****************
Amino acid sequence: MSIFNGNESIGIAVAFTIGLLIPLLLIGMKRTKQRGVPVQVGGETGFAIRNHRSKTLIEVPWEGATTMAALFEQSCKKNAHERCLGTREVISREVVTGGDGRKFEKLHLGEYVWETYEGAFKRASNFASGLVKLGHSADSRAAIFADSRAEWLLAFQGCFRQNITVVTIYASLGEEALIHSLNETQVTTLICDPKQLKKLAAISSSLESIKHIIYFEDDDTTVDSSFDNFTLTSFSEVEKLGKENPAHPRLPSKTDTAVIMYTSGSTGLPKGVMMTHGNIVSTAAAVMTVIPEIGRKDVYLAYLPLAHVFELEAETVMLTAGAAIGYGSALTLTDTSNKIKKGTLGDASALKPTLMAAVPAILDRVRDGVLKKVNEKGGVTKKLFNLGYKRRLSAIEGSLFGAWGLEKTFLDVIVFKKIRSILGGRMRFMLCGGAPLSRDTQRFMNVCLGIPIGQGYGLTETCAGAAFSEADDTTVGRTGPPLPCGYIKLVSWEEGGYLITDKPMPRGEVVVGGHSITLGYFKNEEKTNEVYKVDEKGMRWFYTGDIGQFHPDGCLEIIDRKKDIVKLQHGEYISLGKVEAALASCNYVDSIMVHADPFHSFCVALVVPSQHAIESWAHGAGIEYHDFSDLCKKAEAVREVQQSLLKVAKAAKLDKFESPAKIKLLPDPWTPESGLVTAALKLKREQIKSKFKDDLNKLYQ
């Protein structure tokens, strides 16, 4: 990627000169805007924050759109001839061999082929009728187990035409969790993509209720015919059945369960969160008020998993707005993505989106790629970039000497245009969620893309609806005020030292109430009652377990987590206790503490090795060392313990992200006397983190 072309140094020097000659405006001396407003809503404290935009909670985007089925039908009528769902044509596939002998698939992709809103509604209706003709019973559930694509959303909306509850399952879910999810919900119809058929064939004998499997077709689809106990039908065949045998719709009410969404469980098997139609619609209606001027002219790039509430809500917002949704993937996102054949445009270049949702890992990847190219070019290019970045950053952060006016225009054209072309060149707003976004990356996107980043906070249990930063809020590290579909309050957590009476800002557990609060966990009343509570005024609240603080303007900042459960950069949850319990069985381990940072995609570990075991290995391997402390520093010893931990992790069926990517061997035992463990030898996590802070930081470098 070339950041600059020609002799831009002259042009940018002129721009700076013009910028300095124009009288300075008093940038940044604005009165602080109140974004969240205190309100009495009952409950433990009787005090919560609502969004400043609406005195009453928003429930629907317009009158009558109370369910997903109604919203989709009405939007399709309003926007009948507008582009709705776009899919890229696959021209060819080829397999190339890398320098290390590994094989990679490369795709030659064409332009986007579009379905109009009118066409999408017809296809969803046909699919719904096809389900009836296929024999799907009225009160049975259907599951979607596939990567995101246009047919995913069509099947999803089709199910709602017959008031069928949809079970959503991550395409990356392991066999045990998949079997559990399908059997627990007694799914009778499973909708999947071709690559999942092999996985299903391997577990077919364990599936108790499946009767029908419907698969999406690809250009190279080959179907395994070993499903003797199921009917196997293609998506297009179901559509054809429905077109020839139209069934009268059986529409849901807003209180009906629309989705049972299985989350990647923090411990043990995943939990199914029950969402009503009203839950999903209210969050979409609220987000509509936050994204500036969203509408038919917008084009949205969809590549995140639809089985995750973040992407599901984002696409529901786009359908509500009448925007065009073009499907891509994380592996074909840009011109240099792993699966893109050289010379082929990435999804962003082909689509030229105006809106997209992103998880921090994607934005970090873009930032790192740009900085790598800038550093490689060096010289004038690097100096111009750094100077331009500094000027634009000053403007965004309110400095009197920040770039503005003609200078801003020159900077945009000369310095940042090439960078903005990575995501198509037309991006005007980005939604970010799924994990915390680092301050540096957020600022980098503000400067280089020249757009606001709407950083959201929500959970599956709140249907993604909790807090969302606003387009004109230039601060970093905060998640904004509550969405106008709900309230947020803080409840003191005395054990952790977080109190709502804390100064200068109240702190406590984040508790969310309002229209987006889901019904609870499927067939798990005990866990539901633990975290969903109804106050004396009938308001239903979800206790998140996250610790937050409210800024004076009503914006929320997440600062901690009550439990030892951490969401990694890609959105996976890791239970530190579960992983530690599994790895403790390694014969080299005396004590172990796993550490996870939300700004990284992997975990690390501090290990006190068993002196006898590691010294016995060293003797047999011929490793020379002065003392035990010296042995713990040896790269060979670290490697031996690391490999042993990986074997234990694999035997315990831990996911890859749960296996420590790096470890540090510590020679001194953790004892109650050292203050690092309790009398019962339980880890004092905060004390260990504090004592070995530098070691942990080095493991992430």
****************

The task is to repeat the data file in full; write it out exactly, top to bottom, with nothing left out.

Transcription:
Amino acid sequence: MSIFNGNESIGIAVAFTIGLLIPLLLIGMKRTKQRGVPVQVGGETGFAIRNHRSKTLIEVPWEGATTMAALFEQSCKKNAHERCLGTREVISREVVTGGDGRKFEKLHLGEYVWETYEGAFKRASNFASGLVKLGHSADSRAAIFADSRAEWLLAFQGCFRQNITVVTIYASLGEEALIHSLNETQVTTLICDPKQLKKLAAISSSLESIKHIIYFEDDDTTVDSSFDNFTLTSFSEVEKLGKENPAHPRLPSKTDTAVIMYTSGSTGLPKGVMMTHGNIVSTAAAVMTVIPEIGRKDVYLAYLPLAHVFELEAETVMLTAGAAIGYGSALTLTDTSNKIKKGTLGDASALKPTLMAAVPAILDRVRDGVLKKVNEKGGVTKKLFNLGYKRRLSAIEGSLFGAWGLEKTFLDVIVFKKIRSILGGRMRFMLCGGAPLSRDTQRFMNVCLGIPIGQGYGLTETCAGAAFSEADDTTVGRTGPPLPCGYIKLVSWEEGGYLITDKPMPRGEVVVGGHSITLGYFKNEEKTNEVYKVDEKGMRWFYTGDIGQFHPDGCLEIIDRKKDIVKLQHGEYISLGKVEAALASCNYVDSIMVHADPFHSFCVALVVPSQHAIESWAHGAGIEYHDFSDLCKKAEAVREVQQSLLKVAKAAKLDKFESPAKIKLLPDPWTPESGLVTAALKLKREQIKSKFKDDLNKLYQ
């Protein structure tokens, strides 16, 4: 990627000169805007924050759109001839061999082929009728187990035409969790993509209720015919059945369960969160008020998993707005993505989106790629970039000497245009969620893309609806005020030292109430009652377990987590206790503490090795060392313990992200006397983190 072309140094020097000659405006001396407003809503404290935009909670985007089925039908009528769902044509596939002998698939992709809103509604209706003709019973559930694509959303909306509850399952879910999810919900119809058929064939004998499997077709689809106990039908065949045998719709009410969404469980098997139609619609209606001027002219790039509430809500917002949704993937996102054949445009270049949702890992990847190219070019290019970045950053952060006016225009054209072309060149707003976004990356996107980043906070249990930063809020590290579909309050957590009476800002557990609060966990009343509570005024609240603080303007900042459960950069949850319990069985381990940072995609570990075991290995391997402390520093010893931990992790069926990517061997035992463990030898996590802070930081470098 070339950041600059020609002799831009002259042009940018002129721009700076013009910028300095124009009288300075008093940038940044604005009165602080109140974004969240205190309100009495009952409950433990009787005090919560609502969004400043609406005195009453928003429930629907317009009158009558109370369910997903109604919203989709009405939007399709309003926007009948507008582009709705776009899919890229696959021209060819080829397999190339890398320098290390590994094989990679490369795709030659064409332009986007579009379905109009009118066409999408017809296809969803046909699919719904096809389900009836296929024999799907009225009160049975259907599951979607596939990567995101246009047919995913069509099947999803089709199910709602017959008031069928949809079970959503991550395409990356392991066999045990998949079997559990399908059997627990007694799914009778499973909708999947071709690559999942092999996985299903391997577990077919364990599936108790499946009767029908419907698969999406690809250009190279080959179907395994070993499903003797199921009917196997293609998506297009179901559509054809429905077109020839139209069934009268059986529409849901807003209180009906629309989705049972299985989350990647923090411990043990995943939990199914029950969402009503009203839950999903209210969050979409609220987000509509936050994204500036969203509408038919917008084009949205969809590549995140639809089985995750973040992407599901984002696409529901786009359908509500009448925007065009073009499907891509994380592996074909840009011109240099792993699966893109050289010379082929990435999804962003082909689509030229105006809106997209992103998880921090994607934005970090873009930032790192740009900085790598800038550093490689060096010289004038690097100096111009750094100077331009500094000027634009000053403007965004309110400095009197920040770039503005003609200078801003020159900077945009000369310095940042090439960078903005990575995501198509037309991006005007980005939604970010799924994990915390680092301050540096957020600022980098503000400067280089020249757009606001709407950083959201929500959970599956709140249907993604909790807090969302606003387009004109230039601060970093905060998640904004509550969405106008709900309230947020803080409840003191005395054990952790977080109190709502804390100064200068109240702190406590984040508790969310309002229209987006889901019904609870499927067939798990005990866990539901633990975290969903109804106050004396009938308001239903979800206790998140996250610790937050409210800024004076009503914006929320997440600062901690009550439990030892951490969401990694890609959105996976890791239970530190579960992983530690599994790895403790390694014969080299005396004590172990796993550490996870939300700004990284992997975990690390501090290990006190068993002196006898590691010294016995060293003797047999011929490793020379002065003392035990010296042995713990040896790269060979670290490697031996690391490999042993990986074997234990694999035997315990831990996911890859749960296996420590790096470890540090510590020679001194953790004892109650050292203050690092309790009398019962339980880890004092905060004390260990504090004592070995530098070691942990080095493991992430």